12 years – 4383 days. That’s how long the show went on, and since it was quite possibly the best thing the BBC made barring the series where James May disassembled a lawnmower, it would have kept going on. The format, the presenters, and the entire concept of the Top Gear formula was an incredible, incredible success. Then, one fine day, Clarkson had an altercation with a producer, which prompted the BBC to not renew his contract. Hammond and May soon followed him out of the BBC on their own volition and they, along with Andy Wilman, the ex-executive producer of Top Gear, were all quickly hired by for a car show by Jeff Bezos, obviously.
And at that moment, Top Gear was dead.
Yes, they hired Chris Evans, Matt LeBlanc, Eddie Jordan, the Nürburgring Nordschleife lady, another Chris, and a few more people, and they even got to keep The Stig, but what they made together was so sapping and insignificant that I hope the BBC have the sense to not continue funding such a ‘project’. If you’re reading this, you probably already know all the negative things said about the new Top Gear, so we’ll not dwell on it much. To explain it in a sentence, the Top Gear crew continued wearing the masks of Clarkson, Hammond and May and hoped that no one would notice that they aren’t those people.
Moving on to better things, we now have The Grand Tour.
‘Exclusively’ on Amazon Prime, it’s the same people doing what they do best; cars and comedy. 36 episodes have been drawn up for the next 3 years.
So, how is The Grand Tour any different from Top Gear?
It sort of isn’t, actually:
- Instead of the Top Gear Test Track, we have the Eboladrome, which is also at an old RAF base.
- The Stig has been replaced by The American, ex-NASCAR drive Mike Skinner (so it’s a wonder that he can actually take any of the 4 right turns at the Eboladrome).
- The News is now Conversation Street.
- Star in a Reasonably Priced Car has now become Celebrity Brain Crash.
- The hangar is now a tent, where some people actually get to sit, albeit on trunks with no backrests
While the Eboladrome, The American and the tent are good changes, and work well together (although The Stig-Top Gear Test Track combo was just as good). Celebrity Brain Crash was not (at least at the time of writing this). All the celebrities brought on have to be killed off before they can be interviewed, else the BBC lawyers will pounce on Amazon. This is what Clarkson has claimed, although BBC Worldwide has denied making any formal legal demands. To me, Celebrity Brain Crash is currently the worst part of the show, and unless they’re going to do something else in the coming few episodes, they should just scrap it.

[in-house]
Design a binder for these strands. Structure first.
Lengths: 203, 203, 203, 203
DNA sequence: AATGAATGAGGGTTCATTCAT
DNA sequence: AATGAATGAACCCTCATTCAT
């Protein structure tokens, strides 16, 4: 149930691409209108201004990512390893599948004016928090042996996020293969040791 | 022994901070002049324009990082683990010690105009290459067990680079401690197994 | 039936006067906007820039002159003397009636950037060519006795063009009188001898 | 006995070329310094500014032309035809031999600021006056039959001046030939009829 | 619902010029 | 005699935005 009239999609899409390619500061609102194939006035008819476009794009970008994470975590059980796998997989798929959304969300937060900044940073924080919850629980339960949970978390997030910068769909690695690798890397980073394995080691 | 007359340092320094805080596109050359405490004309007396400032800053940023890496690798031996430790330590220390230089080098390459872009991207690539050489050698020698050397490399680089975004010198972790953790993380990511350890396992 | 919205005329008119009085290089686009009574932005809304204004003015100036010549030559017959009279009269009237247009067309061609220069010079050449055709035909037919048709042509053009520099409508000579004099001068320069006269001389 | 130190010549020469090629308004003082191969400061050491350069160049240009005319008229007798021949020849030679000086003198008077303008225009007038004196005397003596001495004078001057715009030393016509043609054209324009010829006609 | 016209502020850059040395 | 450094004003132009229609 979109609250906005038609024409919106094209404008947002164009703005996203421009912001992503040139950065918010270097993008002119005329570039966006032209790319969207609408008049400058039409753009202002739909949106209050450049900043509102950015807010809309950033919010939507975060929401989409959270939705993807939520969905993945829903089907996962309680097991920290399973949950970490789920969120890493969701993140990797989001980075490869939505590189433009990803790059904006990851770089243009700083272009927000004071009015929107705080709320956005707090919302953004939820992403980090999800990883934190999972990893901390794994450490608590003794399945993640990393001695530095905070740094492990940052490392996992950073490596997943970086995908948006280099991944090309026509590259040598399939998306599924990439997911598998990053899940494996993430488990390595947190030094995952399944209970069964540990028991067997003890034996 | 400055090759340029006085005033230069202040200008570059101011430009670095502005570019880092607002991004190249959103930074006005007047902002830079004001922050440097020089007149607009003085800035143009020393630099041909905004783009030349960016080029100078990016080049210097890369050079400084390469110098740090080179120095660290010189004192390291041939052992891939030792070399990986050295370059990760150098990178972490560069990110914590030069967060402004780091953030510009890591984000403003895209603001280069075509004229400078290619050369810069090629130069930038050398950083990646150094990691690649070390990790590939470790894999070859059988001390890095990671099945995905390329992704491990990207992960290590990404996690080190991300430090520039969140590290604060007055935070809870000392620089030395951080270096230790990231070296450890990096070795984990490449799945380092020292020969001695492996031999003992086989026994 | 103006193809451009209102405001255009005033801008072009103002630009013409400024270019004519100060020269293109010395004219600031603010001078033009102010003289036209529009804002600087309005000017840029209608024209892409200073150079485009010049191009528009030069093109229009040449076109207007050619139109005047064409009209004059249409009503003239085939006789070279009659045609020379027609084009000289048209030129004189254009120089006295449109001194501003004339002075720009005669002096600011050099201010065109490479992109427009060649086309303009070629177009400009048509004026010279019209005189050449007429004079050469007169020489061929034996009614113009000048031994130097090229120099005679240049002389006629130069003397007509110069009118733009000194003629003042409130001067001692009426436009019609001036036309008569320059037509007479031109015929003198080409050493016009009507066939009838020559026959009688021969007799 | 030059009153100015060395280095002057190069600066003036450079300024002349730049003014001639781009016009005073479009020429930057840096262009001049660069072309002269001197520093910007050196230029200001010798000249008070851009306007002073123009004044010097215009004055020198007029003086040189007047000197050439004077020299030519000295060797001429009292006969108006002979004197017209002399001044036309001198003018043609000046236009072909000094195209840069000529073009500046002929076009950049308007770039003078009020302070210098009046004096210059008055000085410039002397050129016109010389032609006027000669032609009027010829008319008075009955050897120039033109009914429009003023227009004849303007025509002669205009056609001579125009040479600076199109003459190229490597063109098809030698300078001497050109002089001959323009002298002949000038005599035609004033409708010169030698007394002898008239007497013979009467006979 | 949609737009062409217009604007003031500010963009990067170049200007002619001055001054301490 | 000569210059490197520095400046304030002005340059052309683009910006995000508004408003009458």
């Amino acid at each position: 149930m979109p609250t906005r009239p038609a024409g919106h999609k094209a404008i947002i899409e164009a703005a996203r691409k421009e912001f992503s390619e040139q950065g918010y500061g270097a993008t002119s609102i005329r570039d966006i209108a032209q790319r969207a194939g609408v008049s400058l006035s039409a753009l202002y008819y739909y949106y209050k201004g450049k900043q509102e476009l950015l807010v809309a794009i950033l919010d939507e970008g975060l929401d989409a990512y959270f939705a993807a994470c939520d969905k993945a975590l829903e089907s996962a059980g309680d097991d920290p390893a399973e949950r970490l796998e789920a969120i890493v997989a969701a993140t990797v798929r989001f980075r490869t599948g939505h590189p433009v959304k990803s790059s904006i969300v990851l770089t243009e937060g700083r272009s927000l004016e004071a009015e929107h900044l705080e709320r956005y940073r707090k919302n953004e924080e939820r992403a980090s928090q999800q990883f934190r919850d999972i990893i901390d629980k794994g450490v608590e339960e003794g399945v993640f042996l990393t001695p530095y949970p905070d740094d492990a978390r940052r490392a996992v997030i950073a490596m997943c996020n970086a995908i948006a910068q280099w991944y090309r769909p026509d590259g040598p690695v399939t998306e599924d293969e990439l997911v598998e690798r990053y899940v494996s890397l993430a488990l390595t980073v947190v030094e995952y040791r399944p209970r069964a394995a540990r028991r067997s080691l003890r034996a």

The 3 episodes so far have varied in quality. They opened with a bang (they had to) by managing to do the much awaited comparison of The Holy Trinity, the McLaren P1, the Porsche 918, and the LaFerrari (in my opinion, the best out of the lot). That first episode introduced us to the ‘new’ format, and showed us that nothing had changed significantly, which was not a bad thing. After all, it was Clarkson and Wilman who came up with the successful Top Gear format, and why should you change your own winning formula?
The second episode was woeful. It was the worst thing that they had ever made together. Apart from the Zuma banter, it lacked everything that made Top Gear and the first Grand Tour episode a success. It was repetitive, boring, and difficult to sit through. The third episode got things back on the right track. A good road trip in some great cars (not that Dodge though) in a brilliant country, along with banter and an atmosphere of general fun. The destruction of the house shows how they’ve moved on from the nomadic caravan.
All in all, The Grand Tour is Top Gear on steroids. It’s bigger and noisier, and apart from that bump in episode 2, it will keep getting better. This show, should it accomplish what it promises, will be the final nail in the coffin for the BBC’s Top Gear.